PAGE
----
Bonsai cages - is it a myth?

Clicio

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I keep hearing this story of young plants growing in factory-like nurseries in Chine being potted inside flat-topped aluminium cages, so they get the most unlikely movements as they have this growth restriction.
Fact is , even searching a lot I couldn't find any imagens of this "technique".
Is it really true?
 

Anthony

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Clicio,

look at the Mallsai, elms in particular, imagine the trunk thickening and where those
curves go.

The Chinese dig the plants out, from the clay type soil, with the shape needed to fit
into the pot.
For easy shipping to the ignorant West.

Think about it, with such a large population conditioned to growing tree penjing in China.
What do you do with the extras and not worth it plants?

What we discovered with ground growing, is that you can produce for sales in 1 to 4 years.

Folk in the West actually keep themselves back by insisting on using growing boxes.
Most trees only respond to trunk thickening with ground growing.
Adding in the colander in the ground growing stage, makes it even more efficient.

Grow boxes should be called ----------- refinement boxes [ for branchlets etc.]

The Chinese are masters at sales.
Good Day
Anthony
 

rockm

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I keep hearing this story of young plants growing in factory-like nurseries in Chine being potted inside flat-topped aluminium cages, so they get the most unlikely movements as they have this growth restriction.
Fact is , even searching a lot I couldn't find any imagens of this "technique".
Is it really true?

I don't know exactly what you're talking about, but I would very much doubt mass producers of bonsai material are investing all the money it would take to put individual metal cages around a $2 plant. There are many, hugely less expensive ways to get the "mallsai" result. Twisting flexible seedlings around a pole and tying them down, then letting them grow in a field, drastic cutbacks and subsequent shoot selection...etc.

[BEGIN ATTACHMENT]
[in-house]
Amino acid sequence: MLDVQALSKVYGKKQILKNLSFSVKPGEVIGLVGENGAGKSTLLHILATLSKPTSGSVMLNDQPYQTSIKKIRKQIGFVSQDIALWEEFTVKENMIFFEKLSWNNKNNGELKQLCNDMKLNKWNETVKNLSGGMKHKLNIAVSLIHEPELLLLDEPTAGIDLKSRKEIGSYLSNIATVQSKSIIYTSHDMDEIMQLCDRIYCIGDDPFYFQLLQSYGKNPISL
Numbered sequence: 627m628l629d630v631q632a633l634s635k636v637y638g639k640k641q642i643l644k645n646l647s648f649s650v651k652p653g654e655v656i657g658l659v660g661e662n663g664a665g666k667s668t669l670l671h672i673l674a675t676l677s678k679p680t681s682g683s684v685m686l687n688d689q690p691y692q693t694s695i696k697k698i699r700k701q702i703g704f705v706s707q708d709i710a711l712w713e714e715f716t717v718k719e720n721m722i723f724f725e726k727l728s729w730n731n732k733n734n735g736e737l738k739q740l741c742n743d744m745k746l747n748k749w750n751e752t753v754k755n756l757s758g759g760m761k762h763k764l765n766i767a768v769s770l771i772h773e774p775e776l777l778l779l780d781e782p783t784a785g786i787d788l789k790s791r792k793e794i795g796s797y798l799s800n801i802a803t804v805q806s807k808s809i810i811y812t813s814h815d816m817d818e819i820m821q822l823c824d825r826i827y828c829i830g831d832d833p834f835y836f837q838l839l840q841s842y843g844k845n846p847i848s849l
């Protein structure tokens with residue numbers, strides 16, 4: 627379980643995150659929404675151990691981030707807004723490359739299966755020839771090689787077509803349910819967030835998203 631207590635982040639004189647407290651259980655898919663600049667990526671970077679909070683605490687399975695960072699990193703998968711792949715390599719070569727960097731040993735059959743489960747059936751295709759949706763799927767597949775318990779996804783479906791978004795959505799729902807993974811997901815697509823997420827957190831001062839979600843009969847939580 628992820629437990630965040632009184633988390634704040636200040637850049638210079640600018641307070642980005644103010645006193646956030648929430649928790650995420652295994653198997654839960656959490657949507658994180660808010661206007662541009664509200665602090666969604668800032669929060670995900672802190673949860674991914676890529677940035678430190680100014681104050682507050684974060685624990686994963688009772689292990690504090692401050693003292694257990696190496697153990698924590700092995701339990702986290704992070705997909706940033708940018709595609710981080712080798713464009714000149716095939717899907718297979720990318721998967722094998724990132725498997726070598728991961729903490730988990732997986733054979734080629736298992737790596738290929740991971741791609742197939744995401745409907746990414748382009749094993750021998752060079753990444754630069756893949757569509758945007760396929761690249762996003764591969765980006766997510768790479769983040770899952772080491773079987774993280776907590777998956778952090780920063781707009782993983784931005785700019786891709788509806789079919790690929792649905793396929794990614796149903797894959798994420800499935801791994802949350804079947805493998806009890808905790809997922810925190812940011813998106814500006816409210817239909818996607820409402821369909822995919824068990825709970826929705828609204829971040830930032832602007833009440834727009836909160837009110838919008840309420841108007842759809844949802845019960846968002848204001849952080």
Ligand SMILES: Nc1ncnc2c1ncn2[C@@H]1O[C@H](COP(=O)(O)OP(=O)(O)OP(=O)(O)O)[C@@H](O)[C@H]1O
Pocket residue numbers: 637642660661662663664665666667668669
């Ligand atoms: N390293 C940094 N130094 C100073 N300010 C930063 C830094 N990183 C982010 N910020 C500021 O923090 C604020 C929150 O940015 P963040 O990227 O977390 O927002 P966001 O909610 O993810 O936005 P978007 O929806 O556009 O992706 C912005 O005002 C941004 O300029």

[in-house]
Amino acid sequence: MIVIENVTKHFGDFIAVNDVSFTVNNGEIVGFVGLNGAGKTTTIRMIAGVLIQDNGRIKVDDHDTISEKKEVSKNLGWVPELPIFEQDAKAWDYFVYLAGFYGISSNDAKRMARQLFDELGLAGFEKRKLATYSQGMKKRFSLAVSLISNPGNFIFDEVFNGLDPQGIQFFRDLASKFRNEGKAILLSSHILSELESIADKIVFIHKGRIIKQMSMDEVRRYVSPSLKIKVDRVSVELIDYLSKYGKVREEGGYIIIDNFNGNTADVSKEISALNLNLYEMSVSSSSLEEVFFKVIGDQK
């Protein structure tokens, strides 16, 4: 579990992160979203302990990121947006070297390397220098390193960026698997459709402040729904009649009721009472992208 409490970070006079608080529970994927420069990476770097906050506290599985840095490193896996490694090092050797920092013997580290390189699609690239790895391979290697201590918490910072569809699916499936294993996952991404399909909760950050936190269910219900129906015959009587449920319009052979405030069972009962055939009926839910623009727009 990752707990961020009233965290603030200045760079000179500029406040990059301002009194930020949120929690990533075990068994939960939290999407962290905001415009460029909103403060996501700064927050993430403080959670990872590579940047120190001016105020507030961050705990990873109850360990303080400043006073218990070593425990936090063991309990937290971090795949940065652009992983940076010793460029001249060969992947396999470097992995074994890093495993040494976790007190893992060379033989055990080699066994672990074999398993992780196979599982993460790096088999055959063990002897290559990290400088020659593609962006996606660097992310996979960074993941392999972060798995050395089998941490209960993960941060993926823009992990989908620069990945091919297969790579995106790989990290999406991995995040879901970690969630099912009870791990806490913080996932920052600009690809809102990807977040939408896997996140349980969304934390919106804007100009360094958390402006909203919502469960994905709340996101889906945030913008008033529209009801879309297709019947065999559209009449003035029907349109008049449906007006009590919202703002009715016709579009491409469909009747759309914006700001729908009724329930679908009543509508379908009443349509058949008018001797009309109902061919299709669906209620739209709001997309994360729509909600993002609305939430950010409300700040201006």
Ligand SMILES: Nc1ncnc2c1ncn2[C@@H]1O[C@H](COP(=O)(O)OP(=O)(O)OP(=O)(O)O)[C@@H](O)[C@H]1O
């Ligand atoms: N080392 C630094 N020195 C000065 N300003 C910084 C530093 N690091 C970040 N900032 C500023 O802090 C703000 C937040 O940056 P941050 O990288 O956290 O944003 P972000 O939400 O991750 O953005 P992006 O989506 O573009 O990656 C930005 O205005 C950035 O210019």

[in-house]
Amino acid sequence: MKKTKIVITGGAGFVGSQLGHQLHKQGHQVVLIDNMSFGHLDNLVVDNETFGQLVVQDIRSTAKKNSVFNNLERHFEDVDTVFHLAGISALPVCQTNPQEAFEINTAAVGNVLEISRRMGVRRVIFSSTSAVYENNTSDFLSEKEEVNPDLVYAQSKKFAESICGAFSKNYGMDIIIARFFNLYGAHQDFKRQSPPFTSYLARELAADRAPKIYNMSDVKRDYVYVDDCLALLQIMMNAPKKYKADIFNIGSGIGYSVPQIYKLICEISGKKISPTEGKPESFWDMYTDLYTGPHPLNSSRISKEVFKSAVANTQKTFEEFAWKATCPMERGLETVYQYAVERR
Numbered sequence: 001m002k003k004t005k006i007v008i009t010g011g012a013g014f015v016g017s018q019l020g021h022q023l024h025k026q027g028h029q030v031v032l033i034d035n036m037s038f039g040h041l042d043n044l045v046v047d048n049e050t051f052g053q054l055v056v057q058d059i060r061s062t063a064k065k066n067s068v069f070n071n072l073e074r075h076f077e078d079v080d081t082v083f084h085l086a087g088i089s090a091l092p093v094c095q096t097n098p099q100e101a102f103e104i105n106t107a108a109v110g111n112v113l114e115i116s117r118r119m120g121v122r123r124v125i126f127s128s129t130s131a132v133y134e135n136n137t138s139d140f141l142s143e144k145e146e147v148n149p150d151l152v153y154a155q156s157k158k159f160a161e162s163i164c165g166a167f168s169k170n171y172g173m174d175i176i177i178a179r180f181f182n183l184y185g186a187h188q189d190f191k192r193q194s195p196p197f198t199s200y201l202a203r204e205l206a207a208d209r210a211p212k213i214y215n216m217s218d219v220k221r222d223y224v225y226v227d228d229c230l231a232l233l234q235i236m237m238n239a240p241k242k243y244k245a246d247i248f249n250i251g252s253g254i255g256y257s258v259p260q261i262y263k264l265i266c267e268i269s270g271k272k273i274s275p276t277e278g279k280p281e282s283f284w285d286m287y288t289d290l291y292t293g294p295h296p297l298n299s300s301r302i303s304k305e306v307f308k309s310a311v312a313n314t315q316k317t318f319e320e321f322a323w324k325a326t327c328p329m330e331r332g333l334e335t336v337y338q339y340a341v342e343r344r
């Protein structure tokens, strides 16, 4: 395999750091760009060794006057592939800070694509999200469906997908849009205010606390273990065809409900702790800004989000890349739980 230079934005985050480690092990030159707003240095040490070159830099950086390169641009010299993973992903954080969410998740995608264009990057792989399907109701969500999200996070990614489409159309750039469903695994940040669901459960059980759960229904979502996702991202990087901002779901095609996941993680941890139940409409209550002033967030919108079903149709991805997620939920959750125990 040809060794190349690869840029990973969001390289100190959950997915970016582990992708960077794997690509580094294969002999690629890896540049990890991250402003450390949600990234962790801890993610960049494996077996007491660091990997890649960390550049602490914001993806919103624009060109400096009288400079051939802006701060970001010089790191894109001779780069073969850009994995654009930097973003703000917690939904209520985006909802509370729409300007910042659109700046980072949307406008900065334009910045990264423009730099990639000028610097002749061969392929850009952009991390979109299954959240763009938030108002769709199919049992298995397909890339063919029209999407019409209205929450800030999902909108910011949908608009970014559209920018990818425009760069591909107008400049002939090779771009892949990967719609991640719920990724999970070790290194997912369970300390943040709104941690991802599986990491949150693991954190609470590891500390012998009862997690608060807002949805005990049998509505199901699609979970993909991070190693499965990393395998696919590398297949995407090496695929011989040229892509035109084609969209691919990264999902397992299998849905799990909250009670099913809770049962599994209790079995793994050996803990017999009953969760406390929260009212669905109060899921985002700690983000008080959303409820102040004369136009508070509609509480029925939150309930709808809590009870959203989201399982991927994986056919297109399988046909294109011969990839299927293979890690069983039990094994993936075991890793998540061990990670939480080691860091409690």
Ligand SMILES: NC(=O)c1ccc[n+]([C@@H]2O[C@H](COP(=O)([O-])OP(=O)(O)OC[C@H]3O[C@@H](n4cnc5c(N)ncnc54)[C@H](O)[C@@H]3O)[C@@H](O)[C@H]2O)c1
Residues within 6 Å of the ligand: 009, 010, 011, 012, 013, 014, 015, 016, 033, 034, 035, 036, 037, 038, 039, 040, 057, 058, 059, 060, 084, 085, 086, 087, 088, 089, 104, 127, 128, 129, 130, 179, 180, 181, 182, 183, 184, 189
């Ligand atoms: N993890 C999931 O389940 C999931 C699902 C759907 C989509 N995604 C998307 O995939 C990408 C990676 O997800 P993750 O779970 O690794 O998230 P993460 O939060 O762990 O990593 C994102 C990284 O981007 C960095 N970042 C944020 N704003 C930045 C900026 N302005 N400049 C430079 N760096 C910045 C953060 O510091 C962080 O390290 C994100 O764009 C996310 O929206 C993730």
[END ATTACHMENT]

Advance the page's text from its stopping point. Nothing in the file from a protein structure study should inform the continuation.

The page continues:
Starfox

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In Spain we have our own factory producer and no cages in sight.

Mind you, this pic is likely to give anyone the shivers.

 

Clicio

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Aha! Pictures finally!
So, there are people doing it, and apparently it works.
@rockm Yes, I agree it could be expensive with cages, but have you followed the links @Brian Van Fleet has just posted? Perhaps the myth was born with the meshes, not really cages.
@Anthony thanks for your sharing your experience with ground growing!
 

Clicio

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Twisting flexible seedlings around a pole and tying them down, then letting them grow in a field...

Yes, but I think it is easier (for them) to throw a wire mesh on top of many seedlings than tying one by one down.
But I really don't know, that's why I have started the thread.
 

Vance Wood

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I don't know exactly what you're talking about, but I would very much doubt mass producers of bonsai material are investing all the money it would take to put individual metal cages around a $2 plant. There are many, hugely less expensive ways to get the "mallsai" result. Twisting flexible seedlings around a pole and tying them down, then letting them grow in a field, drastic cutbacks and subsequent shoot selection...etc.
The most abundant resource available to people in countries that grow these mallsai bonsai is labor. If you have a method and can pay these kids and old men to twist a tree around a stick, which is the way a lot of this is done, the cost is not so extravagant as to make it a problem.
 

rockm

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Aha! Pictures finally!
So, there are people doing it, and apparently it works.
@rockm Yes, I agree it could be expensive with cages, but have you followed the links @Brian Van Fleet has just posted? Perhaps the myth was born with the meshes, not really cages.
@Anthony thanks for your sharing your experience with ground growing!
the screen is a simple weight that smooshes down growth. Hardly a dedicated cage for each seedling. It works, sure, but the results mostly suck. It's a cheap, easy way to get unnatural movement that will sell to beginners...
 

Clicio

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It works, sure, but the results mostly suck. It's a cheap, easy way to get unnatural movement that will sell to beginners...

Well, I guess they want exactly that: mass produce twisted trees that suck, and sell to as many people as possible!
 

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